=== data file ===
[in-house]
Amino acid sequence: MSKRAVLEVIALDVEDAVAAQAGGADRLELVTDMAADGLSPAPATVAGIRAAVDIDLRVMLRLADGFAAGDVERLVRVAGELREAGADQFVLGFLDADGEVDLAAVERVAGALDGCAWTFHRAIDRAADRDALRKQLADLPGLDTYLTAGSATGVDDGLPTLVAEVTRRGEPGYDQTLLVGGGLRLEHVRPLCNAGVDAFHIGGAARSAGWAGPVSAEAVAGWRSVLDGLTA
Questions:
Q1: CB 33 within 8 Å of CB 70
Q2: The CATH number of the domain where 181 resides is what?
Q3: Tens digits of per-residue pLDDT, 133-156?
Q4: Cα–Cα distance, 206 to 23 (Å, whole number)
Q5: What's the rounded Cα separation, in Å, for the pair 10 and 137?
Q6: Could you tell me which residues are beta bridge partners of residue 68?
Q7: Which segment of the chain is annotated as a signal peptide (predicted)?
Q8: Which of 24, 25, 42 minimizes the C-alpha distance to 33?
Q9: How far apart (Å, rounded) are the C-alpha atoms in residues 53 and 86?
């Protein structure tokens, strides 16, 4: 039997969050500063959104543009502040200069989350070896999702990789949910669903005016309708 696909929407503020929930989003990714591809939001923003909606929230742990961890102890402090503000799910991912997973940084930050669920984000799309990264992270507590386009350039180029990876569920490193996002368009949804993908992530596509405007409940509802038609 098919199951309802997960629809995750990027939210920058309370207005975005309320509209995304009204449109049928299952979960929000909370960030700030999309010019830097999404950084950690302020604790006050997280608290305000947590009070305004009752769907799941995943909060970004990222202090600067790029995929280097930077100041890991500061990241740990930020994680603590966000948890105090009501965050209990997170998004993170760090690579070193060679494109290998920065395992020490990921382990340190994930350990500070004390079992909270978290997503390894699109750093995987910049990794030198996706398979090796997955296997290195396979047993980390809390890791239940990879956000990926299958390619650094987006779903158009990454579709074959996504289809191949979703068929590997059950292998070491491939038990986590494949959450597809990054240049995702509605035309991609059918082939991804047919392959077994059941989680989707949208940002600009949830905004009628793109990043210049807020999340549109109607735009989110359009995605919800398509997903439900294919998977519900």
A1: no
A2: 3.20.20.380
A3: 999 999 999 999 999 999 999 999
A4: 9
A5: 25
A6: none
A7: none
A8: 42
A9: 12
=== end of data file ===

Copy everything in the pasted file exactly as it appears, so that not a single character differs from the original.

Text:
[in-house]
Amino acid sequence: MSKRAVLEVIALDVEDAVAAQAGGADRLELVTDMAADGLSPAPATVAGIRAAVDIDLRVMLRLADGFAAGDVERLVRVAGELREAGADQFVLGFLDADGEVDLAAVERVAGALDGCAWTFHRAIDRAADRDALRKQLADLPGLDTYLTAGSATGVDDGLPTLVAEVTRRGEPGYDQTLLVGGGLRLEHVRPLCNAGVDAFHIGGAARSAGWAGPVSAEAVAGWRSVLDGLTA
Questions:
Q1: CB 33 within 8 Å of CB 70
Q2: The CATH number of the domain where 181 resides is what?
Q3: Tens digits of per-residue pLDDT, 133-156?
Q4: Cα–Cα distance, 206 to 23 (Å, whole number)
Q5: What's the rounded Cα separation, in Å, for the pair 10 and 137?
Q6: Could you tell me which residues are beta bridge partners of residue 68?
Q7: Which segment of the chain is annotated as a signal peptide (predicted)?
Q8: Which of 24, 25, 42 minimizes the C-alpha distance to 33?
Q9: How far apart (Å, rounded) are the C-alpha atoms in residues 53 and 86?
């Protein structure tokens, strides 16, 4: 039997969050500063959104543009502040200069989350070896999702990789949910669903005016309708 696909929407503020929930989003990714591809939001923003909606929230742990961890102890402090503000799910991912997973940084930050669920984000799309990264992270507590386009350039180029990876569920490193996002368009949804993908992530596509405007409940509802038609 098919199951309802997960629809995750990027939210920058309370207005975005309320509209995304009204449109049928299952979960929000909370960030700030999309010019830097999404950084950690302020604790006050997280608290305000947590009070305004009752769907799941995943909060970004990222202090600067790029995929280097930077100041890991500061990241740990930020994680603590966000948890105090009501965050209990997170998004993170760090690579070193060679494109290998920065395992020490990921382990340190994930350990500070004390079992909270978290997503390894699109750093995987910049990794030198996706398979090796997955296997290195396979047993980390809390890791239940990879956000990926299958390619650094987006779903158009990454579709074959996504289809191949979703068929590997059950292998070491491939038990986590494949959450597809990054240049995702509605035309991609059918082939991804047919392959077994059941989680989707949208940002600009949830905004009628793109990043210049807020999340549109109607735009989110359009995605919800398509997903439900294919998977519900």
A1: no
A2: 3.20.20.380
A3: 999 999 999 999 999 999 999 999
A4: 9
A5: 25
A6: none
A7: none
A8: 42
A9: 12